Romney also ripped Giuliani on immigration, saying he presided over a "sanctuary city."

Voters should expect more of that, Huffmon said, adding that radio and TV ads aired in South Carolina will expand exponentially in number and nastiness.

"Yes, it's sickening, but as a political scientist, I sort of have this horrible glee, this eagerness about what are they going to do," he said. "This is a fun season."

Meanwhile, the Democratic candidates have appeared in South Carolina less often than their Republican counterparts, largely because they're waging a close and important race in Iowa.

New York Sen. Hillary Clinton, Illinois Sen. Barack Obama and former North Carolina Sen. John Edwards have visited the state only about half as many times as McCain has since Nov. 1, but the three are using surrogates to drum up support and keep their campaigns in the news here.

Former Mississippi Gov. Ray Mabus and former Oklahoma Rep. Brad Carson crossed this state to make their case that Obama would fare the best in traditionally Republican states such as their home states as well as South Carolina.

"Our states have been written off very early in the (general election) campaign," Mabus said during a stop Tuesday in Charleston. He noted that Jimmy Carter has been the only Democratic presidential candidate to carry Mississippi during the past 50 years, but he thinks Obama has a shot, too.

"I believe Barack Obama will bring people into the voting system who have not been there before," he said. "I think one of his big advantages is he hasn't been in Washington very long."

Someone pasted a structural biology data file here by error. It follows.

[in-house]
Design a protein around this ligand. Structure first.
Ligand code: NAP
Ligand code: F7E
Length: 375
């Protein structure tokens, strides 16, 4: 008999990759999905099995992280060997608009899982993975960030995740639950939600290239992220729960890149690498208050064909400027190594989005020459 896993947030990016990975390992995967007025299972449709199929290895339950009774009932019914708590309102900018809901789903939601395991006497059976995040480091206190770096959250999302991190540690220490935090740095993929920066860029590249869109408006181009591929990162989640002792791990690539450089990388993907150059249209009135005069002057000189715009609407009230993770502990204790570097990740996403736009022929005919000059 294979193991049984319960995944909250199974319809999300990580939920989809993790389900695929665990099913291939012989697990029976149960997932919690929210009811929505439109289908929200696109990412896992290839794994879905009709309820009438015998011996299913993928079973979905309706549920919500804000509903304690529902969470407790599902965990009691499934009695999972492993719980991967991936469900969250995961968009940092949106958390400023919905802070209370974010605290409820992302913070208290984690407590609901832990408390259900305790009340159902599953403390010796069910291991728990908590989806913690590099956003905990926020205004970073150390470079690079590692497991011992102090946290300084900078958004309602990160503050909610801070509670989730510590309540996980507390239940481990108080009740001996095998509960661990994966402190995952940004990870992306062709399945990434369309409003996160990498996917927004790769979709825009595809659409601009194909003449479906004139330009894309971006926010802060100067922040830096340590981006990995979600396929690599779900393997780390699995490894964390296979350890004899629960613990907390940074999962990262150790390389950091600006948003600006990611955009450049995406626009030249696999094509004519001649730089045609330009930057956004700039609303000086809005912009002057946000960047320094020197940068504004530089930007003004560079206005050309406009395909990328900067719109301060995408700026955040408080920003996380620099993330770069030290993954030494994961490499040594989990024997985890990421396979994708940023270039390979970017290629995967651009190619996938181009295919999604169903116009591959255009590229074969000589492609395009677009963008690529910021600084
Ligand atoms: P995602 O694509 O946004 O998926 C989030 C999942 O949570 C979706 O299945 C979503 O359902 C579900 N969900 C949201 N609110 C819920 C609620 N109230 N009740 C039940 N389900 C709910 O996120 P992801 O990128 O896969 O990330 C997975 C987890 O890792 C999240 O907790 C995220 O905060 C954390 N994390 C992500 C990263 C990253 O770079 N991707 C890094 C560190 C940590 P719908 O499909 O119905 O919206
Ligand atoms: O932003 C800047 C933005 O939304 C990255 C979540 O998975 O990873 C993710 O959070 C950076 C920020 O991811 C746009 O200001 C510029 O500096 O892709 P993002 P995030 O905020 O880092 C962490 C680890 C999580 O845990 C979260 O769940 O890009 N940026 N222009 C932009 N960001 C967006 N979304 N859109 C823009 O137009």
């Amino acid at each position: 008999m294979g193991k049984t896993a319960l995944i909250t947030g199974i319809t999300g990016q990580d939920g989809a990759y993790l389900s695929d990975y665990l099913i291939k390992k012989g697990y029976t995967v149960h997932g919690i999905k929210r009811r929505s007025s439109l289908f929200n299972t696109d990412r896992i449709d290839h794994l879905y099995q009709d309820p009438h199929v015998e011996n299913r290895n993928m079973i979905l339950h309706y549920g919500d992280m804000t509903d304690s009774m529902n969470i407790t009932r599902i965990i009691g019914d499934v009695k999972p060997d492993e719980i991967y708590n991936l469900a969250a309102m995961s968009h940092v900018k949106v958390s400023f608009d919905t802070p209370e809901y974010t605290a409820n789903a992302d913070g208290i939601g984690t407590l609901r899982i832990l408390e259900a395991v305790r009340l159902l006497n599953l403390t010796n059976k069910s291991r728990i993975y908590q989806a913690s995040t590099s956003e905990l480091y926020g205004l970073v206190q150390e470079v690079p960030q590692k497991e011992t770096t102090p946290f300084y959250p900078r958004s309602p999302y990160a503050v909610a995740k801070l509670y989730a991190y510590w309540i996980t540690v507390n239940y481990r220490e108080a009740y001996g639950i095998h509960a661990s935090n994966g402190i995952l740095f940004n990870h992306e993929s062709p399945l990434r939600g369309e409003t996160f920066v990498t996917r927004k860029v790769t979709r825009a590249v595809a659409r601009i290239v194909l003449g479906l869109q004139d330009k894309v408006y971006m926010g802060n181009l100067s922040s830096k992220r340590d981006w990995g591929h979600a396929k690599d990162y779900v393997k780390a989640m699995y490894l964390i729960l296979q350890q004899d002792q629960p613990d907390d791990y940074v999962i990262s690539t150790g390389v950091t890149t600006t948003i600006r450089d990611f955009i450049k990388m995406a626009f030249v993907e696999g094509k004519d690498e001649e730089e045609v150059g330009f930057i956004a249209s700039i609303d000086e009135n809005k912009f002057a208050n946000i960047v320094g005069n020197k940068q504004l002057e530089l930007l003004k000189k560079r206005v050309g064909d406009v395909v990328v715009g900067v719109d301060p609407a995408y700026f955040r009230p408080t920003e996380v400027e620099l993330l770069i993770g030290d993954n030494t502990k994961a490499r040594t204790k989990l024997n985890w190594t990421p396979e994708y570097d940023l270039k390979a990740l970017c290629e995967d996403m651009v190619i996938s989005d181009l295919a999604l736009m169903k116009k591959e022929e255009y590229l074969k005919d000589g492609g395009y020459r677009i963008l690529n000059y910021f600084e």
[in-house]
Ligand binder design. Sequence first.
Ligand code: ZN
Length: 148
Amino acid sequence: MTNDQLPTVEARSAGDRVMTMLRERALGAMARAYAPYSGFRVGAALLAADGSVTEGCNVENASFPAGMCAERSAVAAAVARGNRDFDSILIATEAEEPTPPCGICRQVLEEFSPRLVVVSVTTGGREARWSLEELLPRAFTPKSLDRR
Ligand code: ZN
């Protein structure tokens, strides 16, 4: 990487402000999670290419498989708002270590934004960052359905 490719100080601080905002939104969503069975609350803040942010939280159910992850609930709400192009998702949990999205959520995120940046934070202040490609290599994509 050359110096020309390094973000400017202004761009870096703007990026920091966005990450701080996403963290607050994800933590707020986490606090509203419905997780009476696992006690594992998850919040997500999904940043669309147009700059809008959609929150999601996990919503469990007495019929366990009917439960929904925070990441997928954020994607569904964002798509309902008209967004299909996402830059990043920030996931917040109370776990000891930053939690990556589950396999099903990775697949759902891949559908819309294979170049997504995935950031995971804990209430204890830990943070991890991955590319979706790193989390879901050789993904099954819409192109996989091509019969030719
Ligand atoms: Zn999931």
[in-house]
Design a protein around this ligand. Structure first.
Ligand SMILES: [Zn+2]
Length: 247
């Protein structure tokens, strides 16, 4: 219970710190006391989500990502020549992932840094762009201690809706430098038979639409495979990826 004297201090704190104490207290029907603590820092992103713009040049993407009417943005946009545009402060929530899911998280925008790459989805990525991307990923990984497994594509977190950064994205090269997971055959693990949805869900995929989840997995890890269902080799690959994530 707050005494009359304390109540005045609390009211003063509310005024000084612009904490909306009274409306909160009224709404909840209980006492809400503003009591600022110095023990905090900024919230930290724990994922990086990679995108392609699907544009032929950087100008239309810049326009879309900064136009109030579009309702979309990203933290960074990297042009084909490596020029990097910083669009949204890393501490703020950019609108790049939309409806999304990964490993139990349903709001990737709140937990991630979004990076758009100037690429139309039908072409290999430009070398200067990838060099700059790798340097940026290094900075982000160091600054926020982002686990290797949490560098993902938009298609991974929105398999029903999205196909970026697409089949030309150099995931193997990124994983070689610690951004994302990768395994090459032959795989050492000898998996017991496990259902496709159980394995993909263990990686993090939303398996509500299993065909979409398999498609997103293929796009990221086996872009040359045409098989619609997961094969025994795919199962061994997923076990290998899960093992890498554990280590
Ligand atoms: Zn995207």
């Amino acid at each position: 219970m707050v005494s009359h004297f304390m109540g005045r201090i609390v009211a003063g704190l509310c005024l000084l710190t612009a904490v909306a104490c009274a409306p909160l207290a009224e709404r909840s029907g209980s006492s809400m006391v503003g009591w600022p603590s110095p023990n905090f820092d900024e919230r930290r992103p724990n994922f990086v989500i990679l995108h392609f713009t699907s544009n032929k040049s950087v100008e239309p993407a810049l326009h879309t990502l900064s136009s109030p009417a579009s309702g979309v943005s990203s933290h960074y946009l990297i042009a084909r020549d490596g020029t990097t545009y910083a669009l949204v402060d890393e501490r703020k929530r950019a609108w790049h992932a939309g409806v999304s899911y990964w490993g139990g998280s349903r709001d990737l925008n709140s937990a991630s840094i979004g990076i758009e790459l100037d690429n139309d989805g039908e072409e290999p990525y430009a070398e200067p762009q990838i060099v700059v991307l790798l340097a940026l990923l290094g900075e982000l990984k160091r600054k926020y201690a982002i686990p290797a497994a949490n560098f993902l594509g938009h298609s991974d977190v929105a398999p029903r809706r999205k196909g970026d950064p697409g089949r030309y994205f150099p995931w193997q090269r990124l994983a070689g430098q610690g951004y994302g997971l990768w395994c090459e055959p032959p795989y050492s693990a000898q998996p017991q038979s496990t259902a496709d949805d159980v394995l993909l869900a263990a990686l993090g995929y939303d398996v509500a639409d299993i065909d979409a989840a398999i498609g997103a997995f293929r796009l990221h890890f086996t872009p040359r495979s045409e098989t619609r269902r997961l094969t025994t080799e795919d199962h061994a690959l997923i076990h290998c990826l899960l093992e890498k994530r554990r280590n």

Carson also emphasized Obama's stronger polling numbers among Republicans (40 percent of whom view him favorably according to the Pew Research Center) and independents (67 percent of whom view him favorably, the same poll says).

Republican Texas Gov. Rick Perry stopped by a King Street law office Tuesday on behalf of Giuliani. "What's a Texas governor doing in South Carolina to campaign for a Yankee mayor?" Perry asked, drawing laughs from about 20 supporters who showed up.

Perry, national co-chairman of the Rudy Giuliani Presidential Committee, called Giuliani "the only true Ronald Reagan supply-side fiscal conservative in the race. ... He's the best chance of us never hearing those horrible words — 'President Clinton.' "

Huffmon said Republicans have been trying to win hearts and minds with one of two strategies. One, like Giuliani's, is to claim they're the most likely to defeat Clinton and keep the White House in the GOP column. Other Republican hopefuls are vying for the mantle of being considered the purest, truest conservative.

After New Hampshire votes Jan. 8, that will change for candidates in both parties. A far more frantic race will be afoot.

"It's almost like the game resets after Iowa-New Hampshire," he said. "All of a sudden momentum becomes all-important. Somebody is going to have it, and somebody is going to need to stop it. It goes from a beauty pageant to a horse race very quickly."